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Brazilian Journal of Biology

versión impresa ISSN 1519-6984versión On-line ISSN 1678-4375

Resumen

POLO, PA. et al. Behavioral and neuropharmacological evidence that serotonin crosses the blood-brain barrier in Coturnix japonica (Galliformes; Aves). Braz. J. Biol. [online]. 2007, vol.67, n.1, pp.167-171. ISSN 1519-6984.  http://dx.doi.org/10.1590/S1519-69842007000100023.

This study was carried out aiming to reach behavioral and neuropharmacological evidence of the permeability of the blood-brain barrier (BBB) to serotonin systemically administered in quails. Serotonin injected by a parenteral route (250-1000 µg.kg-1, sc) elicited a sequence of behavioral events concerned with a sleeping-like state. Sleeping-like behaviors began with feather bristling, rapid oral movements, blinking and finally crouching and closure of the eyes. Previous administration of 5-HT2C antagonist, LY53857 (3 mg.kg-1, sc) reduced the episodes of feather bristling and rapid oral movements significantly but without altering the frequency of blinking and closure of the eyes. Treatment with the 5-HT2A/2C antagonist, ketanserin (3 mg.kg-1, sc) did not affect any of the responses evoked by the serotonin. Quipazine (5 mg.kg-1, sc) a 5-HT2A/2C/3 agonist induced intense hypomotility, long periods of yawning-like and sleeping-like states. Previous ketanserin suppressed gaping responses and reduced hypomotility, rapid oral movements and bristling but was ineffective for remaining responses induced by quipazine. Results showed that unlike mammals, serotonin permeates the BBB and activates hypnogenic mechanisms in quails. Studies using serotoninergic agonist and antagonists have disclosed that among the actions of the serotonin, feather bristling, rapid oral movements and yawning-like state originated from activation of 5-HT2 receptors while blinking and closure of the eyes possibly require other subtypes of receptors.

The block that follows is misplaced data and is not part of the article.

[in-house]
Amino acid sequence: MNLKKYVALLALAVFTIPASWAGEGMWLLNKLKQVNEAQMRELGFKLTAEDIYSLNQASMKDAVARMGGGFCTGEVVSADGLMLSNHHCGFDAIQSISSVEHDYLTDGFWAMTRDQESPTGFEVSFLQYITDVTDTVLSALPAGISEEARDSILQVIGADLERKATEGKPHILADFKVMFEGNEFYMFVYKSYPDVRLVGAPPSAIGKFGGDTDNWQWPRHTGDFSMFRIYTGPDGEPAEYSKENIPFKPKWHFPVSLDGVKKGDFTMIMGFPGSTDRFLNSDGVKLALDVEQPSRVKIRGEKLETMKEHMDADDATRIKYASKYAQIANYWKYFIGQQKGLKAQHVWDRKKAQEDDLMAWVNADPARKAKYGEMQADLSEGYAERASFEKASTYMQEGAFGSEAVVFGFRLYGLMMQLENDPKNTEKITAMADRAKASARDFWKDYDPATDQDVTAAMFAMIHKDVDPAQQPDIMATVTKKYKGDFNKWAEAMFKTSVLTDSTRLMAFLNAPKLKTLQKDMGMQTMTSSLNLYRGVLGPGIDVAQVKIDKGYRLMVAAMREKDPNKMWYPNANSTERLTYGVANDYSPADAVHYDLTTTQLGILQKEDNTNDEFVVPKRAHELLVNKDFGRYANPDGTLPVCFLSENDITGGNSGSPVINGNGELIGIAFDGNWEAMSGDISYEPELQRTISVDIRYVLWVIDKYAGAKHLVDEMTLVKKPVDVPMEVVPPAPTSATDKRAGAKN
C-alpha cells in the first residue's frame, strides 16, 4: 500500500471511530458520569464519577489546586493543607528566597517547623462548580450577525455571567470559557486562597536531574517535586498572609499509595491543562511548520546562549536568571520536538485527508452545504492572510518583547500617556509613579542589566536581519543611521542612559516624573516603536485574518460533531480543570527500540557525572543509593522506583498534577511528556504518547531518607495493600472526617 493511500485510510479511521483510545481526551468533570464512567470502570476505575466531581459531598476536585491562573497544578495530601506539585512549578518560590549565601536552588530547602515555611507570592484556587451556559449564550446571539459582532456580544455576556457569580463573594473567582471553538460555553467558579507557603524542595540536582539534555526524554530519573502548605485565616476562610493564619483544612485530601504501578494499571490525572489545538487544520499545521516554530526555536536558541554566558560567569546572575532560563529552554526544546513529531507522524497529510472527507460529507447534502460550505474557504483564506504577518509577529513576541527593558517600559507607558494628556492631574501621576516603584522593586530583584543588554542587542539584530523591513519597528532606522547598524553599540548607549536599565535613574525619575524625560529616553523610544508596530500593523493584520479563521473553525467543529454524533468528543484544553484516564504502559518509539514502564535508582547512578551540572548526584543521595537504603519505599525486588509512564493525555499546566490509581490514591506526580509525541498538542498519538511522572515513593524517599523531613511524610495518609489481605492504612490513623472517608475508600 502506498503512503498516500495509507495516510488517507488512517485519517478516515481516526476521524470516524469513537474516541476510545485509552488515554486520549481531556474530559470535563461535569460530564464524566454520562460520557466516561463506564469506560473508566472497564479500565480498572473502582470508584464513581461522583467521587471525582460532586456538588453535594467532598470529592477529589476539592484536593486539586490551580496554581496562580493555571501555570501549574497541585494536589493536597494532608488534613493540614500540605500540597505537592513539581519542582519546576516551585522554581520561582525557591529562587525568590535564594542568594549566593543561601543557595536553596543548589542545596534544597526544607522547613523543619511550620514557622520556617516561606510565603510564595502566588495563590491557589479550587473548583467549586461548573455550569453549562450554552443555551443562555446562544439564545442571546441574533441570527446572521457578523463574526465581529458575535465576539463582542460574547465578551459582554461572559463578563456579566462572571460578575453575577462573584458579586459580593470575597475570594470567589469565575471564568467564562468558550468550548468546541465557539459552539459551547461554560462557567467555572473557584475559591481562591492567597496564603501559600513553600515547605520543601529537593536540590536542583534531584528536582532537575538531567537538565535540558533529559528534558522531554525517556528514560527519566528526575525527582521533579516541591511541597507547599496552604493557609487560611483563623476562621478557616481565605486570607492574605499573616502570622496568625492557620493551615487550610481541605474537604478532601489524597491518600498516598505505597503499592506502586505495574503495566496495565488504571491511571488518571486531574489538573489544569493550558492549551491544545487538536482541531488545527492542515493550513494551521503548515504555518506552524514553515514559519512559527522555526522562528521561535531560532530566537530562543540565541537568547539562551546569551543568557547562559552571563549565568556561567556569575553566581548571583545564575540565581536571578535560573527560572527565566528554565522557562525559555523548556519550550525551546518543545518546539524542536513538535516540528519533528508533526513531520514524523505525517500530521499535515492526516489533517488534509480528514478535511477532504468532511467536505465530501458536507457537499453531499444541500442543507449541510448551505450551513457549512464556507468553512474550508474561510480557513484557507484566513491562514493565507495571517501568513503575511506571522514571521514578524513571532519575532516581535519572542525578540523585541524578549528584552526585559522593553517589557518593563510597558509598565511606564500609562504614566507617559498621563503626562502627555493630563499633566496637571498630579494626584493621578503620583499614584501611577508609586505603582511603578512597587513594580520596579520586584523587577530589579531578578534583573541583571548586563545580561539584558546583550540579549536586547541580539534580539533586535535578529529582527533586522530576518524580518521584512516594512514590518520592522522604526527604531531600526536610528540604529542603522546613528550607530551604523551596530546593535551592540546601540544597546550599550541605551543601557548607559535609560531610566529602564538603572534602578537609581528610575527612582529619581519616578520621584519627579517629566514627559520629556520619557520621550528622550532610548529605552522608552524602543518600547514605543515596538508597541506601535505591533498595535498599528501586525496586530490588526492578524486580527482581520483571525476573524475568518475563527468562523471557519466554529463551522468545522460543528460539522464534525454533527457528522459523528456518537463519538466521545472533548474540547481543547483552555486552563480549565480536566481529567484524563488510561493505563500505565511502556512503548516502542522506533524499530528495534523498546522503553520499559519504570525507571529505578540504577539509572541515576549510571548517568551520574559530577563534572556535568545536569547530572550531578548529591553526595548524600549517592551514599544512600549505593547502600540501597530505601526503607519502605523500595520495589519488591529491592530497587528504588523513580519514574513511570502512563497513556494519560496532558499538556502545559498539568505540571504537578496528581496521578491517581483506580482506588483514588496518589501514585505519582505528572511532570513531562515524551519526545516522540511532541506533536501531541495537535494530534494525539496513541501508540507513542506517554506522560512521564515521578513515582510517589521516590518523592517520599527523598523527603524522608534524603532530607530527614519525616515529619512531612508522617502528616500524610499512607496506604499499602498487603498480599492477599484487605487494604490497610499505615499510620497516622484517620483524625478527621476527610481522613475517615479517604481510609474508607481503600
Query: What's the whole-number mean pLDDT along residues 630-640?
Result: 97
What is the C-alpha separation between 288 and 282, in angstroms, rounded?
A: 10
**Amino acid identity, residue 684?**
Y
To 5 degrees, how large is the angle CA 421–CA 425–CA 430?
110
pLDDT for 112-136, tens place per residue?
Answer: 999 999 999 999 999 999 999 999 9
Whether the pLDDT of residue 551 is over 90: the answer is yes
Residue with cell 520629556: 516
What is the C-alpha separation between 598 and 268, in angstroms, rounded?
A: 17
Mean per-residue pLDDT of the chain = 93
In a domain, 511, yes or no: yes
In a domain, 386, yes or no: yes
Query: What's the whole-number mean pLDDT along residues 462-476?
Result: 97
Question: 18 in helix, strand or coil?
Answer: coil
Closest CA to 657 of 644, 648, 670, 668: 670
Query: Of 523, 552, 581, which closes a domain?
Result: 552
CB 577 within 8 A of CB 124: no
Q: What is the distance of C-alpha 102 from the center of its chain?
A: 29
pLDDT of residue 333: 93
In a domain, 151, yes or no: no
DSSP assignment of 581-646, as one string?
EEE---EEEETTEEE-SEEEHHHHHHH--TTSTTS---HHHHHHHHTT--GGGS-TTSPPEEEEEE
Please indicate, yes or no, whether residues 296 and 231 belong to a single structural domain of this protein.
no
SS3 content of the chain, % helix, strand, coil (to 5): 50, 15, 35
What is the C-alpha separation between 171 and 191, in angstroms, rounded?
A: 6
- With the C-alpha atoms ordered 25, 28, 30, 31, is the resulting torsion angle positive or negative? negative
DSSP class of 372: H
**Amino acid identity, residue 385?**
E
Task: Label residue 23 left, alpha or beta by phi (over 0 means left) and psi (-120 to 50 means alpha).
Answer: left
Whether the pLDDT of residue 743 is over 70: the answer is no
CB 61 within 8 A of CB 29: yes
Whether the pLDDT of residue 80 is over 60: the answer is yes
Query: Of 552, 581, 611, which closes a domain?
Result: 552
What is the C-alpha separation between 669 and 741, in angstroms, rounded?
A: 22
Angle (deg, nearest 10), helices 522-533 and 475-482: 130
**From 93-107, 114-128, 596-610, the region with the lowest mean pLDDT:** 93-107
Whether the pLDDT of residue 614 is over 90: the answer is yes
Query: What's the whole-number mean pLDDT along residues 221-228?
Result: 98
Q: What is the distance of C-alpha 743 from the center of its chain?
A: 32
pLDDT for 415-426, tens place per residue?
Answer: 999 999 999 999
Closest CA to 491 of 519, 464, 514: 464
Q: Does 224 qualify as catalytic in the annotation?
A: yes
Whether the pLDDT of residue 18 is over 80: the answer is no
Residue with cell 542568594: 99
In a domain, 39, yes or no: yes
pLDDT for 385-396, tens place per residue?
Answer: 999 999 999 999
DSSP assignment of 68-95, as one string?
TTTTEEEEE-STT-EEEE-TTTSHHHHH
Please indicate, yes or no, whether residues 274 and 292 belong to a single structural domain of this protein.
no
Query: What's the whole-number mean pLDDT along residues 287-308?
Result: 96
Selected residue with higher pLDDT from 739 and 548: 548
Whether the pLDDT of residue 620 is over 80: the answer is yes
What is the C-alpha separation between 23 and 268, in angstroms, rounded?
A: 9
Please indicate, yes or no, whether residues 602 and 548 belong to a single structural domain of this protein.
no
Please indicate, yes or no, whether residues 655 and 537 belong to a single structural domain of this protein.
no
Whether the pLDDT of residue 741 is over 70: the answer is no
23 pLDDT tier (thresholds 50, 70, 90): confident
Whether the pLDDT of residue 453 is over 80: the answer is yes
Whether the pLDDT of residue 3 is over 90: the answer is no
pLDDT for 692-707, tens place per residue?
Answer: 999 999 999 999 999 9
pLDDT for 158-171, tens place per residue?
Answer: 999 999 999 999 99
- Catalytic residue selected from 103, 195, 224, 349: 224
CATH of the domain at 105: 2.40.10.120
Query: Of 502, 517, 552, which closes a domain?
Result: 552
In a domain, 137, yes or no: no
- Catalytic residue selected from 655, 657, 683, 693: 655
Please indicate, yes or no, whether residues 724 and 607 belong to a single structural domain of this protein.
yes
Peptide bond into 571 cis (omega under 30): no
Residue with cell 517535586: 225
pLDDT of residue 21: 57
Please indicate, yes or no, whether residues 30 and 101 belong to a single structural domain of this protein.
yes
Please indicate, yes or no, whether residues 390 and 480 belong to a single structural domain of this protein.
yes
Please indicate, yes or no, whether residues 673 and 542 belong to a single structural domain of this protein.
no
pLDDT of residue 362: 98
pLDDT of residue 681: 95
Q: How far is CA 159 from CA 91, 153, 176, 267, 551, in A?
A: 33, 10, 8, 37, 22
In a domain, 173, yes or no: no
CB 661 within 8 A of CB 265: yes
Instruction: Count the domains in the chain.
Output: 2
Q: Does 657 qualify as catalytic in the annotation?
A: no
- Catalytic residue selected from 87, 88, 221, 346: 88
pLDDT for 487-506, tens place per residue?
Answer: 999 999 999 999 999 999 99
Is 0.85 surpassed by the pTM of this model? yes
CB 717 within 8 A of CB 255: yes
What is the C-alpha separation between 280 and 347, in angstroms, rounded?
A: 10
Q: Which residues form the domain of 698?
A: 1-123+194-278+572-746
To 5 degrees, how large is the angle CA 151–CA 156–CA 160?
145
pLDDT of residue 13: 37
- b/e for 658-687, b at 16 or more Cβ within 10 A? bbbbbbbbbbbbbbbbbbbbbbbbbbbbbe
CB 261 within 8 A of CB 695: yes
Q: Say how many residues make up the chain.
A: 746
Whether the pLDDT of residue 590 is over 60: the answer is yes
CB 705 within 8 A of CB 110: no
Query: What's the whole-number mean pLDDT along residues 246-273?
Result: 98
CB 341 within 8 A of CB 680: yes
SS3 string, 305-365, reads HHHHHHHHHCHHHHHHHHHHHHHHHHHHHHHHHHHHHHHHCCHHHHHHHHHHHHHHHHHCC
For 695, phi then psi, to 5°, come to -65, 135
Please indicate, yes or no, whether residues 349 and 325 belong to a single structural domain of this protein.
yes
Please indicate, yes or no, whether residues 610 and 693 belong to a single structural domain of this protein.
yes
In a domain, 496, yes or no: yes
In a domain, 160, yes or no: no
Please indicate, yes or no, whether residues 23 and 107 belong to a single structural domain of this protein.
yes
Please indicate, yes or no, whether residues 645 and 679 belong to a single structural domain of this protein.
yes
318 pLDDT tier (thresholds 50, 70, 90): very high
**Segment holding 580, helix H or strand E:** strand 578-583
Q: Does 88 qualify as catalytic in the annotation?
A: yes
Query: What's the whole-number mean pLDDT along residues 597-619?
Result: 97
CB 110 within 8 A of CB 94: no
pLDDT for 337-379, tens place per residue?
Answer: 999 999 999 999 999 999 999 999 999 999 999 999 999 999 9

Palabras clave : serotonin; blood brain barrier; hypnogenic action; sleep; yawning; quails.

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